First, I am going to state the glaringly obvious fact right now that I have tried to do for many years. Whenever there is a missed sales report, “They” always say we have no homes to buy, how can sales grow when we have no homes to buy.
Twice now, in this expansion cycle high in demand when inventory at cycle lows. If you’re still getting played by this notion that is on you now.
13 year high in existing home sales.
Near 40% year over year growth in housing starts.
8 straight weeks of double-digit year over year growth in purchase application data working at cycle highs in demand.
The last new sales report was the best of the cycle, and the 3-month sales trend was encouraging.
The only thing that is prevented this record-breaking expansion from going is the virus as almost all economic data lines we have BC Before Coronavirus was showing nothing but growth. Jobs’ data 3-month average was at 243,000, one of the best in many years, Job openings at 7,000,0000 with 23 straight months of more openings than hires. The Jobless Claims were still heading down until yesterday, Leading Economic Indicators at an all-time high, Retail Sales still growing year over year, and even regional manufacturing data was growing again. Currently, right now, only the jobless claims and new PMI data is showing the negative impact. You can expect the most significant single jump in jobless claims ever to happen next week.
However, AD after the disease is a brand new word. We have to be able to navigate the next few months as we were flying a plane in a storm.
4 things to keep an eye out on for the next 90 days.
1. How many people cancel their purchase of the homes due to the virus. Also, a few did not lock their rates before rates rose.
2. The 10-year yield should be under 0.62% today. Mortgage Rates should be under 3%, but that isn’t happening as the Mortgage Margin Call Meltdown is still going on, and the bond market liquidation has forced the 10-year yield higher. This should get better in time, but the stock market does have to stabilize. Mortgage Rates should be much lower, but the virus has done its Chaos Theory and Butterfly Effect here big time.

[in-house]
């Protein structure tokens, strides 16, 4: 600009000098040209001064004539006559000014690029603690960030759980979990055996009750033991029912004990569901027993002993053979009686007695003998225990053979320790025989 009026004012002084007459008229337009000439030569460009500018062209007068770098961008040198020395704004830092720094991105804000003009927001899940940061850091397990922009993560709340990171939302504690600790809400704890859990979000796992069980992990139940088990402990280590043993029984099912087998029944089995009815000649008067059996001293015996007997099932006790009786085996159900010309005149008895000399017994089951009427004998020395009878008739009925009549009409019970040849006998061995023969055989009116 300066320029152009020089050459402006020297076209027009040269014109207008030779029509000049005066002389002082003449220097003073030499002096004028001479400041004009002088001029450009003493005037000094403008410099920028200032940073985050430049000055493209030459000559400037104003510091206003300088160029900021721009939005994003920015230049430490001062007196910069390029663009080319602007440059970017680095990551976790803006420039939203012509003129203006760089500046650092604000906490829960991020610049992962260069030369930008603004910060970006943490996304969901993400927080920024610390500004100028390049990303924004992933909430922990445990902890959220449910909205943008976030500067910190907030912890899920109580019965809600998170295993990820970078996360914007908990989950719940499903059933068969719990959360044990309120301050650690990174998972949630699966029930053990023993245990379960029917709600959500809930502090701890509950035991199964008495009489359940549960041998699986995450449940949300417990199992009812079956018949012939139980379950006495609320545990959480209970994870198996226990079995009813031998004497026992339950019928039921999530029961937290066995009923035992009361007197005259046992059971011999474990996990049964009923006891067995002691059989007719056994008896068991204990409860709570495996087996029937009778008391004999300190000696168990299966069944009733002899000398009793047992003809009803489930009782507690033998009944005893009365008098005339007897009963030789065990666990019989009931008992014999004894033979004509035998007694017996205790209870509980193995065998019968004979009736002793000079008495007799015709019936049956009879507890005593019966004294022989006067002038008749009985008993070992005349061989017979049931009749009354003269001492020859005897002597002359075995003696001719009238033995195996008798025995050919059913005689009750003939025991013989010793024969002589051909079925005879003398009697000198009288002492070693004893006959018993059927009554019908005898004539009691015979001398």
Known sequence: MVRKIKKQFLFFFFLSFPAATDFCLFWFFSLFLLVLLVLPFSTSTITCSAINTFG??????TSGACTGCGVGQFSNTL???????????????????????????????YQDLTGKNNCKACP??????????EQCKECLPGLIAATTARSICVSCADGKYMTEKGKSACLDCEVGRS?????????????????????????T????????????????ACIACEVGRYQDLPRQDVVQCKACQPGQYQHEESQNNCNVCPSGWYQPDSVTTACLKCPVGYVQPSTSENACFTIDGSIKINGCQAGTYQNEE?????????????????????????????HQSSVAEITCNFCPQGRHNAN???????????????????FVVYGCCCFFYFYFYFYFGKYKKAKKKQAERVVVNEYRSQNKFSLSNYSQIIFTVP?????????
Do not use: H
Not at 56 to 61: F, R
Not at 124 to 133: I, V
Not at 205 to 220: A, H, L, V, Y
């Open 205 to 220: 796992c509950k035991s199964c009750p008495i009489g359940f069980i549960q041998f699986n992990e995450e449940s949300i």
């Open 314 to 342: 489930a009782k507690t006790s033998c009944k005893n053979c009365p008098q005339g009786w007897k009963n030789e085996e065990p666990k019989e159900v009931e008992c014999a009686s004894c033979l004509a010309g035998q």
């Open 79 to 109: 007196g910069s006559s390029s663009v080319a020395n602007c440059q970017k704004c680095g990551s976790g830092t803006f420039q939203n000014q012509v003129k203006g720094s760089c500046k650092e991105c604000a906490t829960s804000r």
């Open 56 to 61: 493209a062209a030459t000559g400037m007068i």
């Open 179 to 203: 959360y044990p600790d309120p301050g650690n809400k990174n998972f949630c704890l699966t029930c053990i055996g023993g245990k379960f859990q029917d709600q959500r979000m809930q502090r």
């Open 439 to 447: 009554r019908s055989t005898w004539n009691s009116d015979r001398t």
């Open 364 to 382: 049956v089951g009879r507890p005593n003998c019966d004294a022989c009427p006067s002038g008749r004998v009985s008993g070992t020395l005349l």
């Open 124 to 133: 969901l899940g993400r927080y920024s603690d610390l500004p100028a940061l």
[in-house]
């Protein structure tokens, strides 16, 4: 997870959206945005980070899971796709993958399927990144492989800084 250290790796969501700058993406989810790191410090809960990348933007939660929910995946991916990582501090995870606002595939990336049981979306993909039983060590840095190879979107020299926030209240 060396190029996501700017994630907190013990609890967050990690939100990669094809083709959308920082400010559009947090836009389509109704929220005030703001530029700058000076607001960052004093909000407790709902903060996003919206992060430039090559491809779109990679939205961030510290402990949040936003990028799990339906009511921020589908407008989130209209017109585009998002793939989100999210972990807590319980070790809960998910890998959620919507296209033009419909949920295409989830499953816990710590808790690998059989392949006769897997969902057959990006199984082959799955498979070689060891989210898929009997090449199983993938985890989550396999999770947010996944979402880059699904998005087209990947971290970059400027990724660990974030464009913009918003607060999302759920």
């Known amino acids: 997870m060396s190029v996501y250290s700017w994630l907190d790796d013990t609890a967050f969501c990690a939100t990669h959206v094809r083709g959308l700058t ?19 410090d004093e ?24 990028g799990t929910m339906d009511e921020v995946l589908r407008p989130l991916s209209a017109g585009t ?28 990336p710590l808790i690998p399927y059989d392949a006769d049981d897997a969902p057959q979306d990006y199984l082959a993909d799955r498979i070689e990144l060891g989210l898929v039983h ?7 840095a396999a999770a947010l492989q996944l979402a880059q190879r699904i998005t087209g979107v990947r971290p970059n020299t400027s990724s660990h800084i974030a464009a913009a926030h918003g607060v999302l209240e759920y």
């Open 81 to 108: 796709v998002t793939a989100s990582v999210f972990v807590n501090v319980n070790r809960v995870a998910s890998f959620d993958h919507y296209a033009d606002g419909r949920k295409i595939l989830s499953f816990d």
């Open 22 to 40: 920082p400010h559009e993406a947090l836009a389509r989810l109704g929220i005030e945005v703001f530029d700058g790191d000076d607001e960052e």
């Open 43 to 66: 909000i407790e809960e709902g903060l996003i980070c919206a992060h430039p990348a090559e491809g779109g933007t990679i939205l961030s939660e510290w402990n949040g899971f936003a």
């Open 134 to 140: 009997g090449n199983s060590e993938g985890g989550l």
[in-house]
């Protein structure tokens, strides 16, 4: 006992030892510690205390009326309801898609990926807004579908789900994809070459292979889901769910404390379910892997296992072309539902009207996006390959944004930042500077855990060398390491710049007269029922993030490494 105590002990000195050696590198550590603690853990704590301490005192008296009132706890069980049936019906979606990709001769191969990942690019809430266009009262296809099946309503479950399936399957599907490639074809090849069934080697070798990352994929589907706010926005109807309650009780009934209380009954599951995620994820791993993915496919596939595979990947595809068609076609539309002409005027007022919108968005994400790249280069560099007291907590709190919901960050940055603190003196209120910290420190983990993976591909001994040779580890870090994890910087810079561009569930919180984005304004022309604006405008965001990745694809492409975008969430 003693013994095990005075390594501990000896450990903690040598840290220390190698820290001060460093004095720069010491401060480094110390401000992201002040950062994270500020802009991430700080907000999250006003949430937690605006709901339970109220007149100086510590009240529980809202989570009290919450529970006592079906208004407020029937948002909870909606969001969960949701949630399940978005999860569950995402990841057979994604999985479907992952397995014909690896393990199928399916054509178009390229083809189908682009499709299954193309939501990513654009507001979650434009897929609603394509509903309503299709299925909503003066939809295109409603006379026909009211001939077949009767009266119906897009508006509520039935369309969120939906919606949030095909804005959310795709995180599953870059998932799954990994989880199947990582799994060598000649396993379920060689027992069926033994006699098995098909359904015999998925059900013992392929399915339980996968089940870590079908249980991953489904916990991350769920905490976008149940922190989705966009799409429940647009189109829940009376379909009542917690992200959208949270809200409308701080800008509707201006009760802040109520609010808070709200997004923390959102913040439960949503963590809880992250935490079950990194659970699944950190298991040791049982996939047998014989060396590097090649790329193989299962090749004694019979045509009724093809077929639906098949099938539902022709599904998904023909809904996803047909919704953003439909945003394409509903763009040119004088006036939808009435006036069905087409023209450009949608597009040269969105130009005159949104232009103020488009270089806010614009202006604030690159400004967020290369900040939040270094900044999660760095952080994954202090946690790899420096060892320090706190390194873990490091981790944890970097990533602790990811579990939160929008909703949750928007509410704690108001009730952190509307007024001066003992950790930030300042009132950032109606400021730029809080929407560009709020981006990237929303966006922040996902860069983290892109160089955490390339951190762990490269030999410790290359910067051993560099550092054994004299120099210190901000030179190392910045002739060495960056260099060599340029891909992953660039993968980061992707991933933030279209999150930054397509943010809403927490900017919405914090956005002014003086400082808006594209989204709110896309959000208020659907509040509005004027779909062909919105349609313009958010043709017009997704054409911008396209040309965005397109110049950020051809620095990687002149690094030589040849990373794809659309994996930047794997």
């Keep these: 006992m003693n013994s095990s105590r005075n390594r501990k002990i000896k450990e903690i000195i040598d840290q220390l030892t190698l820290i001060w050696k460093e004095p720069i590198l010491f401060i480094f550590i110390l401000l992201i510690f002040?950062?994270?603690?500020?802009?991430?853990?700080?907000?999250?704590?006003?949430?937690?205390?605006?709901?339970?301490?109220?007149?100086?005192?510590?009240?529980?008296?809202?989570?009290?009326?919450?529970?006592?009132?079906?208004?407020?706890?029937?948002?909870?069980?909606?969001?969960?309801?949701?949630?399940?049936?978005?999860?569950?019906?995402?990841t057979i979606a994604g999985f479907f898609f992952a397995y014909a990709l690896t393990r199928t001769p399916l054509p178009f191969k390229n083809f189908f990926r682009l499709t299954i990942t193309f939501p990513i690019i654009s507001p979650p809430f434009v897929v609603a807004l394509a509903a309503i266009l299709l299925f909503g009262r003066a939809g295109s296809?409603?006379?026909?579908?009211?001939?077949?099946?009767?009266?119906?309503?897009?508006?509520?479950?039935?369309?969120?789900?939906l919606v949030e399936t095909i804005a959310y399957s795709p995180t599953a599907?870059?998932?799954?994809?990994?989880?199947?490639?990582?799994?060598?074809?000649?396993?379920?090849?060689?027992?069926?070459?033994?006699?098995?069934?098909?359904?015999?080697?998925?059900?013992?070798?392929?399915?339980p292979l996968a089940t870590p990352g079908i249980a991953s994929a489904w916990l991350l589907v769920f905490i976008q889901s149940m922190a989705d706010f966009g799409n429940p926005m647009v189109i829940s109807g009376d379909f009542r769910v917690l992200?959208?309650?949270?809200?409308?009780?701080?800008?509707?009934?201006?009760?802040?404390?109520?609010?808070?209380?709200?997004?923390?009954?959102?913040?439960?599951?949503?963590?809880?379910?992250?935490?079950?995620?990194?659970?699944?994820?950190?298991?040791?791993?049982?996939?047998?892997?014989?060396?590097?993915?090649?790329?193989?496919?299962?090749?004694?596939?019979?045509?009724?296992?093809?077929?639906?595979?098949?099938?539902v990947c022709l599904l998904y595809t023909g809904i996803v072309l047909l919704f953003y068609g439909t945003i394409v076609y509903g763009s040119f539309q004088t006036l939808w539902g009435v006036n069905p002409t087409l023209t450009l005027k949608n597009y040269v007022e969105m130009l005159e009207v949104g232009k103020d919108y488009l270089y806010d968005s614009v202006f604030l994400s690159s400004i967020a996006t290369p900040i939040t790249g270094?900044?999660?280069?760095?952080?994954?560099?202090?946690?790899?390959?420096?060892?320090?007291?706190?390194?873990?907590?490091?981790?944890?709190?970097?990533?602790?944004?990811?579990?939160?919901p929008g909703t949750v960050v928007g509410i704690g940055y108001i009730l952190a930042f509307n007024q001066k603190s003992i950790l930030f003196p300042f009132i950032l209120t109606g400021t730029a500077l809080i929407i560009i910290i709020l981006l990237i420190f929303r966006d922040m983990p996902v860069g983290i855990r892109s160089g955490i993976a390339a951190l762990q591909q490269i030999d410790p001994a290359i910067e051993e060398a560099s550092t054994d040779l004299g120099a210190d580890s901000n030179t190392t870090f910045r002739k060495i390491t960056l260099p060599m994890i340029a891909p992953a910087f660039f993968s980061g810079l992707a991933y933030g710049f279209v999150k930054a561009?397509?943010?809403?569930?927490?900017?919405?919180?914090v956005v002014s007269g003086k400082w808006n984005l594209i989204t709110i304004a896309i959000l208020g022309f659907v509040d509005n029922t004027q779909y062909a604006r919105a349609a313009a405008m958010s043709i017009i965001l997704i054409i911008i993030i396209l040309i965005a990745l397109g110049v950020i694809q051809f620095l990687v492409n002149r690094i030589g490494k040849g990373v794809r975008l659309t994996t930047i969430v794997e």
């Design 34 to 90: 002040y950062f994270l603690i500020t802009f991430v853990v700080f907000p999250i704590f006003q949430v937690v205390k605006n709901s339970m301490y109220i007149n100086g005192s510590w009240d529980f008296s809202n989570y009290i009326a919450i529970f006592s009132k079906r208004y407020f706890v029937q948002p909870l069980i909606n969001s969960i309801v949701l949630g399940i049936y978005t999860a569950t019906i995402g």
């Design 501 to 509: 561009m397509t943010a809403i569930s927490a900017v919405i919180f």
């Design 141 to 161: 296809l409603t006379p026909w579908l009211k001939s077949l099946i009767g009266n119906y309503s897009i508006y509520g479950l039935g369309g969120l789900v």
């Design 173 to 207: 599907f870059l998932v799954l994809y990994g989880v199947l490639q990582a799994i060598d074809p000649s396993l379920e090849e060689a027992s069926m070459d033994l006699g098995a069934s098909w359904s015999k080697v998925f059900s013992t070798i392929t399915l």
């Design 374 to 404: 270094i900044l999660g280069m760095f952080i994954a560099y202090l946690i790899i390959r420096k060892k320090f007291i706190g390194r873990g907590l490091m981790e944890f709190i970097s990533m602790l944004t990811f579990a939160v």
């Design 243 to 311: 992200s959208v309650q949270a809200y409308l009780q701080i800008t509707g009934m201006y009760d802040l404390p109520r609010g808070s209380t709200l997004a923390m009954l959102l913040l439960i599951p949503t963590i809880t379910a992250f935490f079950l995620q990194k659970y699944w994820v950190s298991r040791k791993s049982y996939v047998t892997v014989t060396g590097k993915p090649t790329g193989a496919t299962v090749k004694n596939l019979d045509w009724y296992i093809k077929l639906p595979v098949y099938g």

3. Put a big * on existing home sales reports over the next 90 days. I have no idea how many people are on lockdown yet or the exact date they will be on lockdown. This, of course, impacts sales as people can’t work an open house typically. Also, amid all this virus news, some people will hold off on a purchase until later.
4. Seller refuses to show their homes. This is obviously a personal choice, and we can’t be on lockdown policies forever. So some might just wait a month or two before listing their homes. Some of the logistical needs to close a home transaction is at risk due to the virus.
Keep an eye out on purchase application data week to week but only on a year over year basis. We have over 160,000,000 people working, millions of people are about to lose their jobs due to this virus. No matter how short term this event is, that is going to weigh on every aspect of the economy until we get back to BC life.
(Hypothetical, Assuming 20 million jobs lost, the Great Recession was less than 9 million)
Out of the 140,000,000 people, that are working, how many of them will buy homes in this environment assuming they were looking to buy in 2020? How many areas of the country will be on full lockdown policies? What is the mindset of real estate investors with this virus? How long will lockdown policies be in place? I still believe in my September 1st thesis that the news on the virus will be much better, but we should also be out of lockdown policies before then.
In any case, today’s data like a lot of recent economic data simply is too old to capture the economic decline created by the virus. However, make no mistake that the housing market was on fire. This print today was 300,000 above my highest estimate range of sales for 2020!
From The NAR:
Total existing-home sales,1 https://www.nar.realtor/existing-home-sales, completed transactions that include single-family homes, townhomes, condominiums and co-ops, rose 6.5% from January to a seasonally-adjusted annual rate of 5.77 million in February. Additionally, for the eighth straight month, overall sales greatly increased year-over-year, up 7.2% from a year ago (5.38 million in February 2019).
On a final note. I have written a lot recently about the St. Louis Financial Stress Index. This index was at an all-time low in February, and we have never been in a recession until this index is above zero, we are almost there today and look for this index to keep rising.
St. Louis Fed Financial Stress Index rises to -0.070 for the week ending March 13, up from -0.942 a week earlier (0=normal stress). Find out more about how the index is constructed in FRED: http://ow.ly/Z3b750yQgdd
Logan Mohtashami is a financial writer and blogger covering the U.S. economy with a specialization in the housing market. Logan Mohtashami is a senior loan officer at AMC Lending Group, which has been providing mortgage services for California residents since 1987. Logan also tracks all economic data daily on his Facebook page https://www.facebook.com/Logan.Mohtashami and is a contributor for HousingWire.